Hands Up is a film that questions the current French immigration policy whilst being one of the most admirable films about childhood I think I’ve ever had the pleasure of watching. Once an assistant to Jean-Luc Goddard and Chantal Akerman, Romain Goupil has produced a beautiful and inspiring film which begins with a women reflecting on her childhood 60 years in the future.
Centred on Milana, a young Chechen girl who watched her friend’s family being deported from her bedroom window and is fearful that her family is next in line. Part of a very close knit friendship group, her friends, particularly Blaise, are horrified at the thought of losing her as well as their friend Youssef. With the help of Blaise’s mother, Milana is taken in to their home in the hope she can live a safer life there.
As time passes with the clamp down on immigration extending to their school, Milana, Blaise, his younger sister Alice and friends Claudio and Ali decide to take action in to their own hands, swearing they will always stay together. Hiding out in their secret lair whilst using technology such as text codes and a ring tone only children can hear to communicate, the group create a national stir.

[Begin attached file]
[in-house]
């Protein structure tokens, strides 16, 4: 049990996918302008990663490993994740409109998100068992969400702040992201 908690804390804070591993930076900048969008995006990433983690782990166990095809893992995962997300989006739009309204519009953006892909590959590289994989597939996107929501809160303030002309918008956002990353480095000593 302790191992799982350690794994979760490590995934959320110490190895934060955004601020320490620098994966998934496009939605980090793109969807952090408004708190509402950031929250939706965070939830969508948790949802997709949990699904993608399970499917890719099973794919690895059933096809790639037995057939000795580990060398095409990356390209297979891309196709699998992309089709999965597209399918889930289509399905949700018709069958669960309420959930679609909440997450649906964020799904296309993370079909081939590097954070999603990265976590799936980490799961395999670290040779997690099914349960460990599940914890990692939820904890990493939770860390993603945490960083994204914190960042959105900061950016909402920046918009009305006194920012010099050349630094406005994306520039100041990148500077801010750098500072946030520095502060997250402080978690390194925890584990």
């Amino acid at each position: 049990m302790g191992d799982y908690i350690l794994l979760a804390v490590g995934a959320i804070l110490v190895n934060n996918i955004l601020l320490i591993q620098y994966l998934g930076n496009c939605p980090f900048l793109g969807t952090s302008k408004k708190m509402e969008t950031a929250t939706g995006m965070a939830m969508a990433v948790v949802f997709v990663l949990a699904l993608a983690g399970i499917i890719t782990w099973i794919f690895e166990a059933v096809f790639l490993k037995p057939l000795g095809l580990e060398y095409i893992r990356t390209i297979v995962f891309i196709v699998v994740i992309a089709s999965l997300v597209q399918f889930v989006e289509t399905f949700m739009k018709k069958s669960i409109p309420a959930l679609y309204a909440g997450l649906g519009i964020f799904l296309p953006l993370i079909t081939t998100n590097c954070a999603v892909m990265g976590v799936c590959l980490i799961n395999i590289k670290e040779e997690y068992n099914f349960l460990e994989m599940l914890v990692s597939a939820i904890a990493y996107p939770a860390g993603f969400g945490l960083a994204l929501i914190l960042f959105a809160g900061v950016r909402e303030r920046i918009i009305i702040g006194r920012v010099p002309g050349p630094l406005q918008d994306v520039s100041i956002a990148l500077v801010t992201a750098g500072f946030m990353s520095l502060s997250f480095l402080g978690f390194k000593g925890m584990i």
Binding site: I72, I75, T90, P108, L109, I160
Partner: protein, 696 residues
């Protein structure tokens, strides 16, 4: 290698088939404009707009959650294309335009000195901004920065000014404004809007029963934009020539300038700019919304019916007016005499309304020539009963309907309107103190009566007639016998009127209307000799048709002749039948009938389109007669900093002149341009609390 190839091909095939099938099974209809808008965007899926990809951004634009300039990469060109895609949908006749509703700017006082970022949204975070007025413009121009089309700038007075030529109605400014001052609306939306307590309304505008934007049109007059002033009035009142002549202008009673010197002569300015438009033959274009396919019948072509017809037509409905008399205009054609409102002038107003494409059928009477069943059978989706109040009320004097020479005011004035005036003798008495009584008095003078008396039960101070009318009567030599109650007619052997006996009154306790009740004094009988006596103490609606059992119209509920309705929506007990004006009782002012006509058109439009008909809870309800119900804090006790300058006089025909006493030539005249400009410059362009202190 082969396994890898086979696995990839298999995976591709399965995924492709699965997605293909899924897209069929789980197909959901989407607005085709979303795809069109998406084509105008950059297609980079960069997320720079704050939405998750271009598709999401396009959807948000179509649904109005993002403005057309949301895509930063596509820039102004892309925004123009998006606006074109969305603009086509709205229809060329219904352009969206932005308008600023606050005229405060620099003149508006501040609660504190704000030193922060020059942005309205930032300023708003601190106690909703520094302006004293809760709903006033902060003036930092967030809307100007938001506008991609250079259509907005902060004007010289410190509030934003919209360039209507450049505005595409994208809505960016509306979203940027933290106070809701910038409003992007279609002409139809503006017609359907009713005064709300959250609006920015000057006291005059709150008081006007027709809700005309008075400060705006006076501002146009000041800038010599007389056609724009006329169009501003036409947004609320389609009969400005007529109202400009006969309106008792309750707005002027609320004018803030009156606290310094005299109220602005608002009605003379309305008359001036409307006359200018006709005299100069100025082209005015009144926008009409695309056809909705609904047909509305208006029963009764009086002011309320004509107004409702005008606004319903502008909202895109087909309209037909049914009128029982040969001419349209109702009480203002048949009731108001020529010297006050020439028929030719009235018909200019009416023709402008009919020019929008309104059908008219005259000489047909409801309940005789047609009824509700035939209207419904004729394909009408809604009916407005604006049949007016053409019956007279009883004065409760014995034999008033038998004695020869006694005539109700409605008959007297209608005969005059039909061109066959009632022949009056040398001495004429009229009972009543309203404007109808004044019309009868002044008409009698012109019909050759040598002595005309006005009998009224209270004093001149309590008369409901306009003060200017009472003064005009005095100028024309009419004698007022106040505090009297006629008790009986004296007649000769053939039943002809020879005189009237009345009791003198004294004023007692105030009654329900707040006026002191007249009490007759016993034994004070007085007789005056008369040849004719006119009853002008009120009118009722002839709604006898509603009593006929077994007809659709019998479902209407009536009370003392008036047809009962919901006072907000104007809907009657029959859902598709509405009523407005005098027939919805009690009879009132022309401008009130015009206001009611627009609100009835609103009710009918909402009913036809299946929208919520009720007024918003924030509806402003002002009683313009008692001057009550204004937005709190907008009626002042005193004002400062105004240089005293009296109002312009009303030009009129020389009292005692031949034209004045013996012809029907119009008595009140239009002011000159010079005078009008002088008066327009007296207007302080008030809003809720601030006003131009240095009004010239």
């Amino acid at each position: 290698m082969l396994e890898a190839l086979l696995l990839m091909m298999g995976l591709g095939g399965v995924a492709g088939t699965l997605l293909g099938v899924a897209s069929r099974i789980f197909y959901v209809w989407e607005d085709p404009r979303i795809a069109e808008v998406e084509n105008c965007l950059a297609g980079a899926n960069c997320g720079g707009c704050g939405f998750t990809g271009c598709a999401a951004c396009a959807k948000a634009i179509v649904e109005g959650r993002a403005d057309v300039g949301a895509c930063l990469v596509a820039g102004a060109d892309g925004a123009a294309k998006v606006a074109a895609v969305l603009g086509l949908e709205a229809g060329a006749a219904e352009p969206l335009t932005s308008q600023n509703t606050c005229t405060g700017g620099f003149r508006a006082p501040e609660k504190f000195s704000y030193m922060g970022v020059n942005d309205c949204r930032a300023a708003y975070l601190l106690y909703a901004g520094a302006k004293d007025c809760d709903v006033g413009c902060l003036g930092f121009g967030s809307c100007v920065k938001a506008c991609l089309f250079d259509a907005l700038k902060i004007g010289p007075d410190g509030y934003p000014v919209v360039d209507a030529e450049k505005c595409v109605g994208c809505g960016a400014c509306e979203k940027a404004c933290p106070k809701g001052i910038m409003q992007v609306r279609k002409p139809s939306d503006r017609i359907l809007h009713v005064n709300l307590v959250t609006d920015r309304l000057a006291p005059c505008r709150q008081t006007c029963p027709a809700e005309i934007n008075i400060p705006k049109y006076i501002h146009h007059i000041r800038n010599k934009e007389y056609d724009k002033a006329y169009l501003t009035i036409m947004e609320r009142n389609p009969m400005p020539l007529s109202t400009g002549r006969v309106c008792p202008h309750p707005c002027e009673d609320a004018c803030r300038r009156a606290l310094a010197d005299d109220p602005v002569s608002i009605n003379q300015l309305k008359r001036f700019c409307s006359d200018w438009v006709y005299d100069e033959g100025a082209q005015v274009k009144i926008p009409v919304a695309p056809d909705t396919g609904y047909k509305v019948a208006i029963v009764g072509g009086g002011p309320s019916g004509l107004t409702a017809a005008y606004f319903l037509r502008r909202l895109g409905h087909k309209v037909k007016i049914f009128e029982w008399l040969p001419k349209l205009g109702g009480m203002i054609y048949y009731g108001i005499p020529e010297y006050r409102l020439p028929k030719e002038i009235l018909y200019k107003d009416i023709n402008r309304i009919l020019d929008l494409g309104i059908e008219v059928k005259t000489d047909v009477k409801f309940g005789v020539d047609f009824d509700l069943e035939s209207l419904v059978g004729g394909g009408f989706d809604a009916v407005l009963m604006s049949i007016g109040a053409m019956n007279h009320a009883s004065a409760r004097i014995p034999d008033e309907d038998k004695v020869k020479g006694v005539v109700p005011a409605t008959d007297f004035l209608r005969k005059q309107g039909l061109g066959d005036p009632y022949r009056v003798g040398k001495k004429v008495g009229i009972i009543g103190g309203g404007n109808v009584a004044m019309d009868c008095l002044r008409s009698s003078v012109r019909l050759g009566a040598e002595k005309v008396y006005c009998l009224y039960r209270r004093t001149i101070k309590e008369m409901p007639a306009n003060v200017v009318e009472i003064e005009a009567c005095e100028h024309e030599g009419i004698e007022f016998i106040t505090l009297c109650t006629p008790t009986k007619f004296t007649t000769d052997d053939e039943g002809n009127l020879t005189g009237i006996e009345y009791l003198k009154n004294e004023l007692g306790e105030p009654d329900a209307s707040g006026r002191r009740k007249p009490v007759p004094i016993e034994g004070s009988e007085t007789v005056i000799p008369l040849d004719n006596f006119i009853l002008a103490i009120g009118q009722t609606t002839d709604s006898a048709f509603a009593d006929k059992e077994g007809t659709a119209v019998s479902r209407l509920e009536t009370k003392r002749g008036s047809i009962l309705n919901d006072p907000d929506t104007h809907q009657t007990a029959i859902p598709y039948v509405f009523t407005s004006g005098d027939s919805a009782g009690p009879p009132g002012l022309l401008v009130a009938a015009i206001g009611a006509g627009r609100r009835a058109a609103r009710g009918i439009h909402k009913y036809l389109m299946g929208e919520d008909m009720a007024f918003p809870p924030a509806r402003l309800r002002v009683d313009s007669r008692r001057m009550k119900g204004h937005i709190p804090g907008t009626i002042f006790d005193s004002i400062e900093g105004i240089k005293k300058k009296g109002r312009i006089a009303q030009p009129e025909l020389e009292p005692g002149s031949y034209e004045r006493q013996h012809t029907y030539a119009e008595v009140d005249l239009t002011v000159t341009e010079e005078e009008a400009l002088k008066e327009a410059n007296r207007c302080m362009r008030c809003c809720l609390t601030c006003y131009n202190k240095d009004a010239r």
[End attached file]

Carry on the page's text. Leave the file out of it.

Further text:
With a simply spectacular child cast, the children pull their performances off with an unquestioning realism. Goupil took measures when casting his children before an intense shooting schedule begin to give them time to meet up and get to know each other, ensuring the group’s connection on screen. Performances from both mothers are also inspiring, particularly that of Valeria Brundi-Tedesche, as Blaise and Alice’s mother who understands the children more then anybody else can imagine. A sympathetic adult ear to the children, she plays the wonderful character of Cendrine whose beliefs and actions end up coming under the attack of her husband and brother.
Director Romain was inspired to make the film after reading several real articles of the people dying whilst running from the police in fear of deportation. Something that’s becoming a real issue in France. We are re-introduced to the older Milana at the end of the film, who reflects on the actions of the week which eventually led on to affect the rest of her life. Hands Up leaves you with a striking feeling of guilt and anger towards some of the injustices put in place by our governments. In a time when we live for the present, re-introducing us to Milana at the end of the film leaves a lasting reminder of the consequences those decisions enforce on these people’s futures.
I must be honest and admit I’m not at all familiar with the rest of Romain Goupil’s work, but Hands Up is a film that you’ll watch and admire so much, you’ll be drawn to explore his back catalog. Such a thought-provoking and warming film I’m simply amazed that there are currently no plans for a UK release, luckily for us we have the internet where I’m sure copies of this brilliant piece of cinema will become available to buy in the future.